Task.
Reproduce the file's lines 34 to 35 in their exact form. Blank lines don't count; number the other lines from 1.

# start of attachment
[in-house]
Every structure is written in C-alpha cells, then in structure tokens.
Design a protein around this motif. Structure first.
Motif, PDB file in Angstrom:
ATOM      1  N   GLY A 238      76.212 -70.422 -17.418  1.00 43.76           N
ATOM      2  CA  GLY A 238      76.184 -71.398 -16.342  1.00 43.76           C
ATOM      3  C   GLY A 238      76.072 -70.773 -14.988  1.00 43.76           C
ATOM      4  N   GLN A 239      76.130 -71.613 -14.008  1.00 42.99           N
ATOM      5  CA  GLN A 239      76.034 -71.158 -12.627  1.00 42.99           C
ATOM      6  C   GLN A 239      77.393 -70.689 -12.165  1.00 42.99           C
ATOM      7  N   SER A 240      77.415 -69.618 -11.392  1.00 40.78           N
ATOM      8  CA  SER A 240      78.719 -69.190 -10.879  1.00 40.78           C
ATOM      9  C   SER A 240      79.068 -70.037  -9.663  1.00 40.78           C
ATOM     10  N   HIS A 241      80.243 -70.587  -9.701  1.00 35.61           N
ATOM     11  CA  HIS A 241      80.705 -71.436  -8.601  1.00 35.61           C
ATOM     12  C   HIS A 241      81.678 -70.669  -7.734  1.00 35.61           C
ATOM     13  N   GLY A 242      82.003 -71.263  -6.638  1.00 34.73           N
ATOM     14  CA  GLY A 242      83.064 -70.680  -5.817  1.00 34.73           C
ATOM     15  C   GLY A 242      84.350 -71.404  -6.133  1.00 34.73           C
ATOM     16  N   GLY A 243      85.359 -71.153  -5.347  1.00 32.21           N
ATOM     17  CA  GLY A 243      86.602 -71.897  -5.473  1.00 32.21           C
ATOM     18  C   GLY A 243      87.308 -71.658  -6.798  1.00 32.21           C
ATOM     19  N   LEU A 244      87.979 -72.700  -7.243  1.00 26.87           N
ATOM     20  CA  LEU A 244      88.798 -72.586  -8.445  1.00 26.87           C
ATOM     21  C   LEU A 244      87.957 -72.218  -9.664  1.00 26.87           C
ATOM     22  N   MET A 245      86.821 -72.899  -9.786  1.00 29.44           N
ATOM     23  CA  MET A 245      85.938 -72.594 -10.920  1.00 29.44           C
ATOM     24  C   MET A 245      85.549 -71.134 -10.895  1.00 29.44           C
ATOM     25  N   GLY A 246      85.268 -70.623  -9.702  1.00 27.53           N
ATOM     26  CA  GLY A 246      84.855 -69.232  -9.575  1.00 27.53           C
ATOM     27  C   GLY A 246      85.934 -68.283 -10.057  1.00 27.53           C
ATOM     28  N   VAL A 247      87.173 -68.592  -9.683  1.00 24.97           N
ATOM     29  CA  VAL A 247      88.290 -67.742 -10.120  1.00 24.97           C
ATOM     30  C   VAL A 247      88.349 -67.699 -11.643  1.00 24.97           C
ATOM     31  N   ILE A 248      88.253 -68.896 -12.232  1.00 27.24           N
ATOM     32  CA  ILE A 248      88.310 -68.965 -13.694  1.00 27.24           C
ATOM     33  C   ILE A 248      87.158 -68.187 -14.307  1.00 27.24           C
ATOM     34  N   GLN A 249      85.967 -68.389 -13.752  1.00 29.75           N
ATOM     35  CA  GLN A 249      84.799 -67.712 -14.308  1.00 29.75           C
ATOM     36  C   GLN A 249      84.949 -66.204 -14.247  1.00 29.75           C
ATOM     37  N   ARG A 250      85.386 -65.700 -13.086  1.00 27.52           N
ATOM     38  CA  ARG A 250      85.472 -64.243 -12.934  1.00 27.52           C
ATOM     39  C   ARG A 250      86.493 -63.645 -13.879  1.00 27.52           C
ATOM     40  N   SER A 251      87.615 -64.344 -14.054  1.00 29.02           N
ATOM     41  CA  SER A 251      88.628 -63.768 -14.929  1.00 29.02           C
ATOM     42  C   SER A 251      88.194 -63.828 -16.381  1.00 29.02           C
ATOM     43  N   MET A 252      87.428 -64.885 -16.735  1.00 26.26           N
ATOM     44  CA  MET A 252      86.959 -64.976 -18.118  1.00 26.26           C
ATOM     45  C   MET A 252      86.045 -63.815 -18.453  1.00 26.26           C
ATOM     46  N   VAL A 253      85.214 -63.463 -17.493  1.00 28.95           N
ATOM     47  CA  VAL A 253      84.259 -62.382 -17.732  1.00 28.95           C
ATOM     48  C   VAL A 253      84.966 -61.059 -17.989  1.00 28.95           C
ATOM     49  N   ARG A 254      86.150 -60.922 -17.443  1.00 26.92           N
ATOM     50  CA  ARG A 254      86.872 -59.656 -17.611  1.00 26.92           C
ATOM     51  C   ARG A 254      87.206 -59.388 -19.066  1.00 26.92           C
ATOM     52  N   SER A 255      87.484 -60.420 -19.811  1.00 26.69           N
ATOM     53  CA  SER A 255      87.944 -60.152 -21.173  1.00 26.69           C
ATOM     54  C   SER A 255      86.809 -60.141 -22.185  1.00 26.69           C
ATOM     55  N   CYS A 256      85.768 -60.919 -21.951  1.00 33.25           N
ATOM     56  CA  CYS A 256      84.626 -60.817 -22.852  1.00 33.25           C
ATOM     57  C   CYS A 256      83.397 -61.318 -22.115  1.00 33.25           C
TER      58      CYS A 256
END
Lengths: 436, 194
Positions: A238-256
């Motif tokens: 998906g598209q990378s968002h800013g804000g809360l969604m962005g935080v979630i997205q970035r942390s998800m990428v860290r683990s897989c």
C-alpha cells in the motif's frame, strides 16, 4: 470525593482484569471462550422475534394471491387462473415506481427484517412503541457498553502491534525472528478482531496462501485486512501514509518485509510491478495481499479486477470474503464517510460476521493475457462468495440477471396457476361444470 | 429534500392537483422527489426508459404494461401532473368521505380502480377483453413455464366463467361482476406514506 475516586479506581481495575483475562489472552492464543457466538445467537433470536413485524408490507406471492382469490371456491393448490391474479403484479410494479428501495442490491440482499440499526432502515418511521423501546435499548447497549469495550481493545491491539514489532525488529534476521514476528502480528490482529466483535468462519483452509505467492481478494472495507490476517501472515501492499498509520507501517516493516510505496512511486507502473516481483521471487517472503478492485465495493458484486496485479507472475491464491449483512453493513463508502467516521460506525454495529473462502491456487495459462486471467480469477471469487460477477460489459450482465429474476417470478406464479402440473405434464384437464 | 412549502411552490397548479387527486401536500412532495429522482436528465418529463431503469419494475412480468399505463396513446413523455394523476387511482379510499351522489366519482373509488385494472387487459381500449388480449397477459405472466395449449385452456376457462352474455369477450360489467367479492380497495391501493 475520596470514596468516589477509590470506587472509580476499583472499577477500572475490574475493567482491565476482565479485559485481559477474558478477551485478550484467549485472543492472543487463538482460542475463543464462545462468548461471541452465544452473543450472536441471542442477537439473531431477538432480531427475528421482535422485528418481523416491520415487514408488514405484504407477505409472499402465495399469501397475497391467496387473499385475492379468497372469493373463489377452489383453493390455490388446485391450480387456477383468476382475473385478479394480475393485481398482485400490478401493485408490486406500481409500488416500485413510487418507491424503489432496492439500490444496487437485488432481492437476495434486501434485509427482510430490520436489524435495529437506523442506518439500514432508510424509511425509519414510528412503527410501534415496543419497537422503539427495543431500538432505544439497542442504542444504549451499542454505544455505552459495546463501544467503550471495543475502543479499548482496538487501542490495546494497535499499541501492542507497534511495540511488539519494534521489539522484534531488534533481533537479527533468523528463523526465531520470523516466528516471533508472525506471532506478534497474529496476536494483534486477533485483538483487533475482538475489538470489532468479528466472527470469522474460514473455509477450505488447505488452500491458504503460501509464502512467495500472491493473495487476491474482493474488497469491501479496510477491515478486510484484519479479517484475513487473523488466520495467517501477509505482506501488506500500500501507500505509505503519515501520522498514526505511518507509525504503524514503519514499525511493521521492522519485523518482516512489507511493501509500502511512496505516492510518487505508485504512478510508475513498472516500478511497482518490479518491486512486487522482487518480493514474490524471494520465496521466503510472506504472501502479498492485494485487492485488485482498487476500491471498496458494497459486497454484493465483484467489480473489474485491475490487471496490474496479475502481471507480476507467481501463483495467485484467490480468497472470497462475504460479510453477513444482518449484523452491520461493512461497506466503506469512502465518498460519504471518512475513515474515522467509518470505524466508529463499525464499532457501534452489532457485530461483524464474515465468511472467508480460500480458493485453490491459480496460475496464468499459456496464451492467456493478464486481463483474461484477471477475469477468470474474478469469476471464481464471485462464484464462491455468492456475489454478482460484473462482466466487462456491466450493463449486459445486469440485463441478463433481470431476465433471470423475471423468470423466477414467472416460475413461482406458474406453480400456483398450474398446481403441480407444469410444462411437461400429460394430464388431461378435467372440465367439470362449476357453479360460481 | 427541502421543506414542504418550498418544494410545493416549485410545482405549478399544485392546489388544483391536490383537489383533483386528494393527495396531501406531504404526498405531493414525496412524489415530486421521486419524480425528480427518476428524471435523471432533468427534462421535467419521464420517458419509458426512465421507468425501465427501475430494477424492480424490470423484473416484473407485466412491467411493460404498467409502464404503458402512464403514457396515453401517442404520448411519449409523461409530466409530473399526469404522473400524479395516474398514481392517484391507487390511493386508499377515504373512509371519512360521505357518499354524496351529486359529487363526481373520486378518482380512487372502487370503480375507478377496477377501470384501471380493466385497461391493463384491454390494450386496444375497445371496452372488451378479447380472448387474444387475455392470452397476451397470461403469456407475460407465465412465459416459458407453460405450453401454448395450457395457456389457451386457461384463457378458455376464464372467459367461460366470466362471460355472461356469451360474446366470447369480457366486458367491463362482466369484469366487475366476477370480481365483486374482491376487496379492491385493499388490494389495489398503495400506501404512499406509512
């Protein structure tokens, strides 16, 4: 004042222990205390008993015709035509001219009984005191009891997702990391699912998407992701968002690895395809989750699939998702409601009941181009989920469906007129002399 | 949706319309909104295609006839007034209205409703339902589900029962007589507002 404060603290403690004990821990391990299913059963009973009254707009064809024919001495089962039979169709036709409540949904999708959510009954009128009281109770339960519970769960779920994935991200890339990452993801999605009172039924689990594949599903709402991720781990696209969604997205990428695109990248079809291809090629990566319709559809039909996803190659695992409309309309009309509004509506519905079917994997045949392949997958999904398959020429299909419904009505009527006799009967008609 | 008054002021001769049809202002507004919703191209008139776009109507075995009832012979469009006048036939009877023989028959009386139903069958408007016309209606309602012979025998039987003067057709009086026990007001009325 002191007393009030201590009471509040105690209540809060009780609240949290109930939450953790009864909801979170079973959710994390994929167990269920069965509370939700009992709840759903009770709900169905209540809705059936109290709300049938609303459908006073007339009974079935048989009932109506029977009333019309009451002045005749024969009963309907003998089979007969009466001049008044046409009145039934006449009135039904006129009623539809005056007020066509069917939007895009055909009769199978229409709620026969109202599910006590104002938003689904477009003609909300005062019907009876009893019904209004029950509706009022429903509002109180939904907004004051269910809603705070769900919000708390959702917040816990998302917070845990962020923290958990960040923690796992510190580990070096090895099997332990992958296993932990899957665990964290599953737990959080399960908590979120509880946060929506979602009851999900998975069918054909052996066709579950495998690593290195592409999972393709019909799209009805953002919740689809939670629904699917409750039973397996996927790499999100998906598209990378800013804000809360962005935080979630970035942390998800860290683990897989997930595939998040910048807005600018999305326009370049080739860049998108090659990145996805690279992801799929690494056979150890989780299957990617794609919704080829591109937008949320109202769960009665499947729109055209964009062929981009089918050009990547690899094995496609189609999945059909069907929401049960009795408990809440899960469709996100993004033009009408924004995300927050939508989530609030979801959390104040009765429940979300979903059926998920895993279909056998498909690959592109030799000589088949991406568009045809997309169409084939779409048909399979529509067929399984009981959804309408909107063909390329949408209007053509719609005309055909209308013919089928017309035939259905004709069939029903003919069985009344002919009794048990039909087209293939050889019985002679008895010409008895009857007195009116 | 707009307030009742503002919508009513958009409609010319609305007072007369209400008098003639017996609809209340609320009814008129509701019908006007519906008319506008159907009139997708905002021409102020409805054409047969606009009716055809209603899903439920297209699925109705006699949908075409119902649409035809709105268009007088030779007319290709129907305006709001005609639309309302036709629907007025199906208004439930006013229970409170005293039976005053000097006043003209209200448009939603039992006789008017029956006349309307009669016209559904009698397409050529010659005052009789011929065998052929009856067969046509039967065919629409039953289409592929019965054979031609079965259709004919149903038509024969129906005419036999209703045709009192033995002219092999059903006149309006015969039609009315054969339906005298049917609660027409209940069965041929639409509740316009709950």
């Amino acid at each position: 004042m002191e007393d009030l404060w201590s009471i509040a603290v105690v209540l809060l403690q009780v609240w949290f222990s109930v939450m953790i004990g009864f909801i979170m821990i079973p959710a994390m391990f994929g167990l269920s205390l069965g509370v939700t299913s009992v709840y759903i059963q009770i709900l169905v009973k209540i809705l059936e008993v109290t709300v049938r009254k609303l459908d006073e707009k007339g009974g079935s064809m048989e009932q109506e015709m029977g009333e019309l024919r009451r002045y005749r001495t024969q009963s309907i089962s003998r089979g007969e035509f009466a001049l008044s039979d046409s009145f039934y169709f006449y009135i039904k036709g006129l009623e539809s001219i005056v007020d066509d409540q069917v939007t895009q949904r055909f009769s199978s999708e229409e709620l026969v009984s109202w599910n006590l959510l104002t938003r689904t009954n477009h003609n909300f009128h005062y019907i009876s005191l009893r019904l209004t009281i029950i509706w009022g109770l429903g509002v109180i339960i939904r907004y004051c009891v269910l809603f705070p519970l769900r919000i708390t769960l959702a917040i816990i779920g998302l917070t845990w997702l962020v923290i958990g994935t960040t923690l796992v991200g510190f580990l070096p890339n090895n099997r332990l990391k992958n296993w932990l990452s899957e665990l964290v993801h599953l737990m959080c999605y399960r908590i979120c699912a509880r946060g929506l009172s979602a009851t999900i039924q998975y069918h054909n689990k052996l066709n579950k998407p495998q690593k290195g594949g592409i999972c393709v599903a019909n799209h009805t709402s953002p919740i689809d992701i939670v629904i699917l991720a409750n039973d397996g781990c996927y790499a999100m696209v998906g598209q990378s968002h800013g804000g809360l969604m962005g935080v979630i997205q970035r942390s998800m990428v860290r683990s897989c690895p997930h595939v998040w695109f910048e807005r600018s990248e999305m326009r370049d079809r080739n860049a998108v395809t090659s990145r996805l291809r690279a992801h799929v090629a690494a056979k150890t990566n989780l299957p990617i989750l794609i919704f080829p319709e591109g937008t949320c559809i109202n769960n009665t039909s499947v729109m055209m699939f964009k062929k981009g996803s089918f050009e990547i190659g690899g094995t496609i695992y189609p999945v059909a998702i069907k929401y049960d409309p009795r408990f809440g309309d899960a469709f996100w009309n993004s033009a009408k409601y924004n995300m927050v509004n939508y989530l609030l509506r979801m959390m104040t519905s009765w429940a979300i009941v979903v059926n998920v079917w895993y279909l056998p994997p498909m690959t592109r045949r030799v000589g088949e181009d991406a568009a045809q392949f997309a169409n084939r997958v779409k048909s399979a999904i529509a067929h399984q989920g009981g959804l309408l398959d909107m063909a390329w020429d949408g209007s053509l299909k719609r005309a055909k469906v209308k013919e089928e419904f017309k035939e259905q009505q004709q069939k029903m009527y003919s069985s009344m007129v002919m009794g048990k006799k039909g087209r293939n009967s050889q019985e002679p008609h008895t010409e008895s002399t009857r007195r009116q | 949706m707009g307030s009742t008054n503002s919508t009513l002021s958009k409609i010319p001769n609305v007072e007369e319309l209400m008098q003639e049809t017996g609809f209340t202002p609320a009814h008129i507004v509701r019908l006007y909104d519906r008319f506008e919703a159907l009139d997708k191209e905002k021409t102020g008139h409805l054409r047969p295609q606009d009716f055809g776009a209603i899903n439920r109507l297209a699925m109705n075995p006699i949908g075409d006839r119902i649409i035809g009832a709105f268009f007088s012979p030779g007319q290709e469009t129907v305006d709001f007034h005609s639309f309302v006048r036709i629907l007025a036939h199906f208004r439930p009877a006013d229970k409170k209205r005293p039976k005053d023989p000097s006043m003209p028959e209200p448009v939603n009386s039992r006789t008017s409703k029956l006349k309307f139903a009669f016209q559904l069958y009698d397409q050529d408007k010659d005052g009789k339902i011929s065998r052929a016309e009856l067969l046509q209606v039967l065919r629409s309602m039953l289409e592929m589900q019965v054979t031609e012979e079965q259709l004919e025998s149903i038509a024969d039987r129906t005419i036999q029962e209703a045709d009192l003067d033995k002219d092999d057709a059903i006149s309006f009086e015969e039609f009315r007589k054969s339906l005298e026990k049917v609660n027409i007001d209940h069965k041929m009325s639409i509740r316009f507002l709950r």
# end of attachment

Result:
ATOM     30  C   VAL A 247      88.349 -67.699 -11.643  1.00 24.97           C
ATOM     31  N   ILE A 248      88.253 -68.896 -12.232  1.00 27.24           N